The Need for a Support Group

In the last decade-and-a-half, in India, as the spotlight has been turned on the needs of the child, the issue of parenting has assumed significant dimensions. The idea of sharing experiences and information relating to the many aspects of child development and nurture, has gained ground.

It is this search for community that has brought together parents with autistic children under the aegis of Action For Autism (AFA), headquartered in New Delhi. Pitara reproduces an article from AFA’s journal ‘Autism Network’, about the need to create a support group among parents.

The Need for a Support Group

The Need for a Support Group [Illustration by Shinod AP]

For many of us who have a family member with autism, the only families that we are truly comfortable with are other families like us. These are families to whom we do not have to apologise for our child’s behaviour. These are families who don’t look askance when our child spins 79 times in one hour, or says, “say good boy” “say good boy” right through a visit. And, these are often the only families with whom we can sometimes share the humour in our life situations. Yet, because of the enormous distances in Delhi or due to the frenetic pace of life, of all the hundreds of families in touch with Action For Autism (AFA), only a very few were interacting with each other.

Deepak and Roma Verma decided to do something about this. And, as result of their initiative, we now have a recharged group of parents. Three enthusiastic meetings have taken place already, of which the last was a super picnic at Lodi Gardens.

There are various expectations from the meetings. The prime one of course, to quote a member of the group, is “to create a close community of families of autistic children, parents and children working together, enjoying picnic and other outings at many places in India, to develop a sense of an extended family amongst ourselves.”

There are many other concerns. “We read books, learn about various therapies but when and how do we go about (implementing) it.” Which gets answered with “Interaction with the other families and learn from each other” “meet and discuss specific problems, (receive) advise and guidance”. “Being a working mother, my prime concern is having a pool of therapists (can be young graduates/diploma holders) who can help in spending an hour or so on a daily basis with the child”. “Build area-wise groups.” “Concretise plans for (the) National Centre,” “carrying on many activities for autistic children” “where all local/state centres can be associated with us.”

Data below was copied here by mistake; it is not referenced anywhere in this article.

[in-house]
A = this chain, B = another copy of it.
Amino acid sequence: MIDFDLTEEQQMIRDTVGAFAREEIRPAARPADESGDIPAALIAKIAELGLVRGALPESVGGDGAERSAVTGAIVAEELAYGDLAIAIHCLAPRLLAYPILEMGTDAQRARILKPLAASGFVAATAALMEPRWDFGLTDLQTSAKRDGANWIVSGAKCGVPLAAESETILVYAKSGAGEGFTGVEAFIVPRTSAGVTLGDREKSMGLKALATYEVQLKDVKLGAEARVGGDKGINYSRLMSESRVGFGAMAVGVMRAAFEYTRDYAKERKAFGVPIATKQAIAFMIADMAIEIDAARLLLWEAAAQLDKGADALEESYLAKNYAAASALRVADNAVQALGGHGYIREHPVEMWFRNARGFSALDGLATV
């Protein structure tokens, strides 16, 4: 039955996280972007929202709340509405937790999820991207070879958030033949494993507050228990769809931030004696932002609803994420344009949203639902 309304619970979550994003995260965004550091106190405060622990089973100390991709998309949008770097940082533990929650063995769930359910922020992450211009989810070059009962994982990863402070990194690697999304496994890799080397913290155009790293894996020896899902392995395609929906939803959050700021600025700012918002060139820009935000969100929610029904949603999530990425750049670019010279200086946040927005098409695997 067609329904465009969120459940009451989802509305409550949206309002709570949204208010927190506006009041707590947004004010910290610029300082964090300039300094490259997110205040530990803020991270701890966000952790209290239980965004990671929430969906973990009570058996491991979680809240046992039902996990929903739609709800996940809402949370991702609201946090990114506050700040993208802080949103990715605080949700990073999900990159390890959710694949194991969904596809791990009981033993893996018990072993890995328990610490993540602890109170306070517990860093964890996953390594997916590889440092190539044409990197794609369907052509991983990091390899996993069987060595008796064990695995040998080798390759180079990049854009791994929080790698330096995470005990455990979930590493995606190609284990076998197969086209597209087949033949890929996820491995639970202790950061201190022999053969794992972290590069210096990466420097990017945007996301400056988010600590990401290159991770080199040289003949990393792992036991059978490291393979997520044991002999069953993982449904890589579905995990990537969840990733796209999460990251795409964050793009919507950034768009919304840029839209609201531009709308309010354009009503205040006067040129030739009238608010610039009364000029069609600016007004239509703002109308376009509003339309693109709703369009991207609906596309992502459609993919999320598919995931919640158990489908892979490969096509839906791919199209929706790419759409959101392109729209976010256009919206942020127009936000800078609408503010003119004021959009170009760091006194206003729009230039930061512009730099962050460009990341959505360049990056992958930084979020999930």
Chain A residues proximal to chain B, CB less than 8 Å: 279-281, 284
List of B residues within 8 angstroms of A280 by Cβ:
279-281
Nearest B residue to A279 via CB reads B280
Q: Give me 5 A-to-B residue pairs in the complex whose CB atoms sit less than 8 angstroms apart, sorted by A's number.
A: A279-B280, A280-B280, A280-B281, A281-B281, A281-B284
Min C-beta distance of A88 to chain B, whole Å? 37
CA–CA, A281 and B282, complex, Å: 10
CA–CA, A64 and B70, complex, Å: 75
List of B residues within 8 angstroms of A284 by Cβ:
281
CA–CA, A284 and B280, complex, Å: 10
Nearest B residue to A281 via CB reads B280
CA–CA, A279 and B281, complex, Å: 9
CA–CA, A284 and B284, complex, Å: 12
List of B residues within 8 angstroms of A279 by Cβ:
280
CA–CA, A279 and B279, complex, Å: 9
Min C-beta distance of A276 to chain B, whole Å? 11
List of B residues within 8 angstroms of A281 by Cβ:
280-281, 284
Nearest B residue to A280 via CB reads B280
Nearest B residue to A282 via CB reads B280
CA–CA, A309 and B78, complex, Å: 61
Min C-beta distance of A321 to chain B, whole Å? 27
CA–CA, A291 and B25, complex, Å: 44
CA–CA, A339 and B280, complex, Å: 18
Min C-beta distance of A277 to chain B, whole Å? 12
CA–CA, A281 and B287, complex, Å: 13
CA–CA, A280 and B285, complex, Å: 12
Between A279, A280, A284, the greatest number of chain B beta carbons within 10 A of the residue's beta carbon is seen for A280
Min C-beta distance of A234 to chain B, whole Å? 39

But the most important one is as one parent put it, “get to know each other – children and parents and siblings – become a resource for each other.” Many of the parents of younger autistic children who also have regular kids feel, “Oh my child does not need anyone. He has his sister (or brother).” But, as those with grown up children know, siblings are not there forever. Siblings grow up, have their studies, their careers, their lives. Even though they love their autistic sibling and want to do things with them, they don’t have the time. So when our kids are older, they are lonely and alone.

But, if we learn to be a resource for each other, then the child with autism can go to spend the day with a friend who he is comfortable with, and more importantly, whose family is comfortable with him.

Siblings of our autistic children too need this networking. Very often, they feel confused about having a brother or sister with autism. And they need to meet other young people like themselves who too have an autistic sibling. With them they can share their confusions, frustrations and anger and know that there are others like them out there.

All this has to start with families just getting to know each other. And from building such ties, such sharing and holding, families can develop and build on dreams of adult living centres, vocational centres and other services for our children with autism, for which parents ultimately have to take the initiative.